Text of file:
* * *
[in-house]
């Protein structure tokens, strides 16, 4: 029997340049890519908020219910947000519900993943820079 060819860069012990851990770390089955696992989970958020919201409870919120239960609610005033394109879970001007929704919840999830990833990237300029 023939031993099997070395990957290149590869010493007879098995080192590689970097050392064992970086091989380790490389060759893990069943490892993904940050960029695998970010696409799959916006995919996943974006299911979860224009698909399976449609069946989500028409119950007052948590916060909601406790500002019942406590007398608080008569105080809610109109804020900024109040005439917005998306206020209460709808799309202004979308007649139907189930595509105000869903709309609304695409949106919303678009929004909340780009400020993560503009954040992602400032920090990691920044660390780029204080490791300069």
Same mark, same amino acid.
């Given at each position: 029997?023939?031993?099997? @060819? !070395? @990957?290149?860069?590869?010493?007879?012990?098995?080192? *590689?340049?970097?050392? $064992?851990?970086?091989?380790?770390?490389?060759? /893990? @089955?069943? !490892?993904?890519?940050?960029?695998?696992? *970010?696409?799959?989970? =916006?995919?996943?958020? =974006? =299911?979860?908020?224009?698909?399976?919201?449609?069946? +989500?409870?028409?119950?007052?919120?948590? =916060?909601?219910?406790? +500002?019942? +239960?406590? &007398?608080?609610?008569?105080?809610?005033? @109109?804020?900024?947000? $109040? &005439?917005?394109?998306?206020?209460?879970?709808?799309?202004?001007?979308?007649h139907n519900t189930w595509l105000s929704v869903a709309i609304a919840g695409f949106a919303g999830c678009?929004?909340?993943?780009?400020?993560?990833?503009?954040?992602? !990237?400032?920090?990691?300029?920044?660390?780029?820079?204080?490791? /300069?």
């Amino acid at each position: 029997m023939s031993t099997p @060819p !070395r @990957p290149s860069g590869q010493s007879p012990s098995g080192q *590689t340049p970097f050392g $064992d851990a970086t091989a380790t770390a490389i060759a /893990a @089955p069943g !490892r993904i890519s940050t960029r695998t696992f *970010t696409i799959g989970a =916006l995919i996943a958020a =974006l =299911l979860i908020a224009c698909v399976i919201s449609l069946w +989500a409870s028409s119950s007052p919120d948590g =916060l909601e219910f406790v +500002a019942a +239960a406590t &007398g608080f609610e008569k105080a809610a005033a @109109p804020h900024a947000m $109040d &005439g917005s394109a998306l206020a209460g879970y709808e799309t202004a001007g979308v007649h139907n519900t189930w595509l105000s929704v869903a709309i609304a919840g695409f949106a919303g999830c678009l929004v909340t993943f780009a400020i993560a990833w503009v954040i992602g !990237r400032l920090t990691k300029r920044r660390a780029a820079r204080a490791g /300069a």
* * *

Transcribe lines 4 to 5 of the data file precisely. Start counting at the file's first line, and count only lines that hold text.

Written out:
């Given at each position: 029997?023939?031993?099997? @060819? !070395? @990957?290149?860069?590869?010493?007879?012990?098995?080192? *590689?340049?970097?050392? $064992?851990?970086?091989?380790?770390?490389?060759? /893990? @089955?069943? !490892?993904?890519?940050?960029?695998?696992? *970010?696409?799959?989970? =916006?995919?996943?958020? =974006? =299911?979860?908020?224009?698909?399976?919201?449609?069946? +989500?409870?028409?119950?007052?919120?948590? =916060?909601?219910?406790? +500002?019942? +239960?406590? &007398?608080?609610?008569?105080?809610?005033? @109109?804020?900024?947000? $109040? &005439?917005?394109?998306?206020?209460?879970?709808?799309?202004?001007?979308?007649h139907n519900t189930w595509l105000s929704v869903a709309i609304a919840g695409f949106a919303g999830c678009?929004?909340?993943?780009?400020?993560?990833?503009?954040?992602? !990237?400032?920090?990691?300029?920044?660390?780029?820079?204080?490791? /300069?």
């Amino acid at each position: 029997m023939s031993t099997p @060819p !070395r @990957p290149s860069g590869q010493s007879p012990s098995g080192q *590689t340049p970097f050392g $064992d851990a970086t091989a380790t770390a490389i060759a /893990a @089955p069943g !490892r993904i890519s940050t960029r695998t696992f *970010t696409i799959g989970a =916006l995919i996943a958020a =974006l =299911l979860i908020a224009c698909v399976i919201s449609l069946w +989500a409870s028409s119950s007052p919120d948590g =916060l909601e219910f406790v +500002a019942a +239960a406590t &007398g608080f609610e008569k105080a809610a005033a @109109p804020h900024a947000m $109040d &005439g917005s394109a998306l206020a209460g879970y709808e799309t202004a001007g979308v007649h139907n519900t189930w595509l105000s929704v869903a709309i609304a919840g695409f949106a919303g999830c678009l929004v909340t993943f780009a400020i993560a990833w503009v954040i992602g !990237r400032l920090t990691k300029r920044r660390a780029a820079r204080a490791g /300069a």